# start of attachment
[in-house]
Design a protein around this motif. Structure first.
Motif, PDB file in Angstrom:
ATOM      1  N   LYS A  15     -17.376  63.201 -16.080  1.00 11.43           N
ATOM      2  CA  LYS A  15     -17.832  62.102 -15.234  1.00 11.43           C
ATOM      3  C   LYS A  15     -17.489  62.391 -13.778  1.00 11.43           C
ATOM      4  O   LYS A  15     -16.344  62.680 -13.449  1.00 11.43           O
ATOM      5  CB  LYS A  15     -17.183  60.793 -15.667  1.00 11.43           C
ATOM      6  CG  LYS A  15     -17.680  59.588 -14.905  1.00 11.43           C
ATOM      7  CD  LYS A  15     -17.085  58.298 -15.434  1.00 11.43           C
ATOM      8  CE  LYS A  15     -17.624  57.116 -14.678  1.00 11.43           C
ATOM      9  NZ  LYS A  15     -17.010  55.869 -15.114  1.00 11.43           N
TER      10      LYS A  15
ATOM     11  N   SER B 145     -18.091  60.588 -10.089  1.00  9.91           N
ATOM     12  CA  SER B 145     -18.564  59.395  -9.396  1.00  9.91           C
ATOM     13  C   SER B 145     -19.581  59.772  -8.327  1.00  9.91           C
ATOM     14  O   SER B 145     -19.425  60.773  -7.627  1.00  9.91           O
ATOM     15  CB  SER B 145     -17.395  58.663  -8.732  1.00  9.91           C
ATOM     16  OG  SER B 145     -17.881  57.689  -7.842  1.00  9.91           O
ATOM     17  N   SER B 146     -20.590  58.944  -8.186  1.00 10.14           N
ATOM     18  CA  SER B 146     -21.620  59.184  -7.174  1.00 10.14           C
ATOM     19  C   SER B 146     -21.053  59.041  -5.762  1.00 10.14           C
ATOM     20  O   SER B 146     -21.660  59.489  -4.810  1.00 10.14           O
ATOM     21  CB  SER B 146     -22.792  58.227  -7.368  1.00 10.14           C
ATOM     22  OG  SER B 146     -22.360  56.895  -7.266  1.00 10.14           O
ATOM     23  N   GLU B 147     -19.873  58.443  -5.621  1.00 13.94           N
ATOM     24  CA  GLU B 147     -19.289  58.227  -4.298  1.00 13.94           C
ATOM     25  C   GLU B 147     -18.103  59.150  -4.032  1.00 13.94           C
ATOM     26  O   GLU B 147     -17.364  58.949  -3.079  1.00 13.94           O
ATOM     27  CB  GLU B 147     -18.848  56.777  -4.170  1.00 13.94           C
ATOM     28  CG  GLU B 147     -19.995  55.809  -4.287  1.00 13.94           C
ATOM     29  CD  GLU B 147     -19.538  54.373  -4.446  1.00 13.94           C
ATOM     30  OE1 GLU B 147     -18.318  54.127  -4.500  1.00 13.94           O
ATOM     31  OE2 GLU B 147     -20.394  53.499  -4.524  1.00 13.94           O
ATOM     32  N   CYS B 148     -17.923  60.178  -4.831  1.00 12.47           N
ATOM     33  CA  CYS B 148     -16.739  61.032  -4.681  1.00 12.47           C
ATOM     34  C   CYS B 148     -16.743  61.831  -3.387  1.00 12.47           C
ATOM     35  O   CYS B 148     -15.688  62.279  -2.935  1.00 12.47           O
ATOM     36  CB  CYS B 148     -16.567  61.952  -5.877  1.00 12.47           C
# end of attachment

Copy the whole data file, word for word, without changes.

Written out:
[in-house]
Design a protein around this motif. Structure first.
Motif, PDB file in Angstrom:
ATOM      1  N   LYS A  15     -17.376  63.201 -16.080  1.00 11.43           N
ATOM      2  CA  LYS A  15     -17.832  62.102 -15.234  1.00 11.43           C
ATOM      3  C   LYS A  15     -17.489  62.391 -13.778  1.00 11.43           C
ATOM      4  O   LYS A  15     -16.344  62.680 -13.449  1.00 11.43           O
ATOM      5  CB  LYS A  15     -17.183  60.793 -15.667  1.00 11.43           C
ATOM      6  CG  LYS A  15     -17.680  59.588 -14.905  1.00 11.43           C
ATOM      7  CD  LYS A  15     -17.085  58.298 -15.434  1.00 11.43           C
ATOM      8  CE  LYS A  15     -17.624  57.116 -14.678  1.00 11.43           C
ATOM      9  NZ  LYS A  15     -17.010  55.869 -15.114  1.00 11.43           N
TER      10      LYS A  15
ATOM     11  N   SER B 145     -18.091  60.588 -10.089  1.00  9.91           N
ATOM     12  CA  SER B 145     -18.564  59.395  -9.396  1.00  9.91           C
ATOM     13  C   SER B 145     -19.581  59.772  -8.327  1.00  9.91           C
ATOM     14  O   SER B 145     -19.425  60.773  -7.627  1.00  9.91           O
ATOM     15  CB  SER B 145     -17.395  58.663  -8.732  1.00  9.91           C
ATOM     16  OG  SER B 145     -17.881  57.689  -7.842  1.00  9.91           O
ATOM     17  N   SER B 146     -20.590  58.944  -8.186  1.00 10.14           N
ATOM     18  CA  SER B 146     -21.620  59.184  -7.174  1.00 10.14           C
ATOM     19  C   SER B 146     -21.053  59.041  -5.762  1.00 10.14           C
ATOM     20  O   SER B 146     -21.660  59.489  -4.810  1.00 10.14           O
ATOM     21  CB  SER B 146     -22.792  58.227  -7.368  1.00 10.14           C
ATOM     22  OG  SER B 146     -22.360  56.895  -7.266  1.00 10.14           O
ATOM     23  N   GLU B 147     -19.873  58.443  -5.621  1.00 13.94           N
ATOM     24  CA  GLU B 147     -19.289  58.227  -4.298  1.00 13.94           C
ATOM     25  C   GLU B 147     -18.103  59.150  -4.032  1.00 13.94           C
ATOM     26  O   GLU B 147     -17.364  58.949  -3.079  1.00 13.94           O
ATOM     27  CB  GLU B 147     -18.848  56.777  -4.170  1.00 13.94           C
ATOM     28  CG  GLU B 147     -19.995  55.809  -4.287  1.00 13.94           C
ATOM     29  CD  GLU B 147     -19.538  54.373  -4.446  1.00 13.94           C
ATOM     30  OE1 GLU B 147     -18.318  54.127  -4.500  1.00 13.94           O
ATOM     31  OE2 GLU B 147     -20.394  53.499  -4.524  1.00 13.94           O
ATOM     32  N   CYS B 148     -17.923  60.178  -4.831  1.00 12.47           N
ATOM     33  CA  CYS B 148     -16.739  61.032  -4.681  1.00 12.47           C
ATOM     34  C   CYS B 148     -16.743  61.831  -3.387  1.00 12.47           C
ATOM     35  O   CYS B 148     -15.688  62.279  -2.935  1.00 12.47           O
ATOM     36  CB  CYS B 148     -16.567  61.952  -5.877  1.00 12.47           C